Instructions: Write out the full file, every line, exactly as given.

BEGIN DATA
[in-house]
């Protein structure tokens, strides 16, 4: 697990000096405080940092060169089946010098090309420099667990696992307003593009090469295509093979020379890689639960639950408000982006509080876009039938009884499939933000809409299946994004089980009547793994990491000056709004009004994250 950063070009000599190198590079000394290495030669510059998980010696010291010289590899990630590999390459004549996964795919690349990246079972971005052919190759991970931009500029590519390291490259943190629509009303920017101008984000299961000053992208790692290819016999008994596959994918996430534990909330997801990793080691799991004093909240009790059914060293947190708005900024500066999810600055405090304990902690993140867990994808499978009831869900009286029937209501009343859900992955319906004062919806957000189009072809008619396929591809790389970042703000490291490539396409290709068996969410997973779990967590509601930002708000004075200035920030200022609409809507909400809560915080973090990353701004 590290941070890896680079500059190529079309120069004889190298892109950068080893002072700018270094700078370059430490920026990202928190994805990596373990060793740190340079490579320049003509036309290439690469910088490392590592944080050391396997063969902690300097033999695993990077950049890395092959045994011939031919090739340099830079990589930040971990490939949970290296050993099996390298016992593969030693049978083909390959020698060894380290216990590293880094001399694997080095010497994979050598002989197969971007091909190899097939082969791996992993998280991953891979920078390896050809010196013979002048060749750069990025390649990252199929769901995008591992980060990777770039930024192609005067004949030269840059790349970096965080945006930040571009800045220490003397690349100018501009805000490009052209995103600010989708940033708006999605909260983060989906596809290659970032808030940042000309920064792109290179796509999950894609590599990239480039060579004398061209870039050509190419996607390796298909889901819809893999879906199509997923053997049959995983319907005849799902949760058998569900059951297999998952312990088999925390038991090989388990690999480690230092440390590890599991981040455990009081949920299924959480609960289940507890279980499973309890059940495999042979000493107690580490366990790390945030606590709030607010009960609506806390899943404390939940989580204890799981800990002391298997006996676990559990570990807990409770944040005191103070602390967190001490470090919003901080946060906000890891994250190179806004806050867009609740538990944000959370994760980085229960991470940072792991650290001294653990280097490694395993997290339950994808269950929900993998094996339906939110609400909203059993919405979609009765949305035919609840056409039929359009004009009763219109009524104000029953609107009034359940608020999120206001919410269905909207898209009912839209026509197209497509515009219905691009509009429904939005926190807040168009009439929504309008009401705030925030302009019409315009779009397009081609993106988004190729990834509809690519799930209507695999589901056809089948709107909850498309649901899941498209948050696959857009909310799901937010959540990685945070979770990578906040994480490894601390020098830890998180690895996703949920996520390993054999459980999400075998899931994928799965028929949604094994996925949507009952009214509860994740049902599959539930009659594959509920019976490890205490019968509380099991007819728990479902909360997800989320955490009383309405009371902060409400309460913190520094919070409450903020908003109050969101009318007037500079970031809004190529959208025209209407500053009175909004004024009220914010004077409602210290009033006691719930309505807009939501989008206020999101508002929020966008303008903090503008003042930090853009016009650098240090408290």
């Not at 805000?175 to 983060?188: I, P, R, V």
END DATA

[in-house]
């Protein structure tokens, strides 16, 4: 697990000096405080940092060169089946010098090309420099667990696992307003593009090469295509093979020379890689639960639950408000982006509080876009039938009884499939933000809409299946994004089980009547793994990491000056709004009004994250 950063070009000599190198590079000394290495030669510059998980010696010291010289590899990630590999390459004549996964795919690349990246079972971005052919190759991970931009500029590519390291490259943190629509009303920017101008984000299961000053992208790692290819016999008994596959994918996430534990909330997801990793080691799991004093909240009790059914060293947190708005900024500066999810600055405090304990902690993140867990994808499978009831869900009286029937209501009343859900992955319906004062919806957000189009072809008619396929591809790389970042703000490291490539396409290709068996969410997973779990967590509601930002708000004075200035920030200022609409809507909400809560915080973090990353701004 590290941070890896680079500059190529079309120069004889190298892109950068080893002072700018270094700078370059430490920026990202928190994805990596373990060793740190340079490579320049003509036309290439690469910088490392590592944080050391396997063969902690300097033999695993990077950049890395092959045994011939031919090739340099830079990589930040971990490939949970290296050993099996390298016992593969030693049978083909390959020698060894380290216990590293880094001399694997080095010497994979050598002989197969971007091909190899097939082969791996992993998280991953891979920078390896050809010196013979002048060749750069990025390649990252199929769901995008591992980060990777770039930024192609005067004949030269840059790349970096965080945006930040571009800045220490003397690349100018501009805000490009052209995103600010989708940033708006999605909260983060989906596809290659970032808030940042000309920064792109290179796509999950894609590599990239480039060579004398061209870039050509190419996607390796298909889901819809893999879906199509997923053997049959995983319907005849799902949760058998569900059951297999998952312990088999925390038991090989388990690999480690230092440390590890599991981040455990009081949920299924959480609960289940507890279980499973309890059940495999042979000493107690580490366990790390945030606590709030607010009960609506806390899943404390939940989580204890799981800990002391298997006996676990559990570990807990409770944040005191103070602390967190001490470090919003901080946060906000890891994250190179806004806050867009609740538990944000959370994760980085229960991470940072792991650290001294653990280097490694395993997290339950994808269950929900993998094996339906939110609400909203059993919405979609009765949305035919609840056409039929359009004009009763219109009524104000029953609107009034359940608020999120206001919410269905909207898209009912839209026509197209497509515009219905691009509009429904939005926190807040168009009439929504309008009401705030925030302009019409315009779009397009081609993106988004190729990834509809690519799930209507695999589901056809089948709107909850498309649901899941498209948050696959857009909310799901937010959540990685945070979770990578906040994480490894601390020098830890998180690895996703949920996520390993054999459980999400075998899931994928799965028929949604094994996925949507009952009214509860994740049902599959539930009659594959509920019976490890205490019968509380099991007819728990479902909360997800989320955490009383309405009371902060409400309460913190520094919070409450903020908003109050969101009318007037500079970031809004190529959208025209209407500053009175909004004024009220914010004077409602210290009033006691719930309505807009939501989008206020999101508002929020966008303008903090503008003042930090853009016009650098240090408290």
């Not at 805000?175 to 983060?188: I, P, R, V």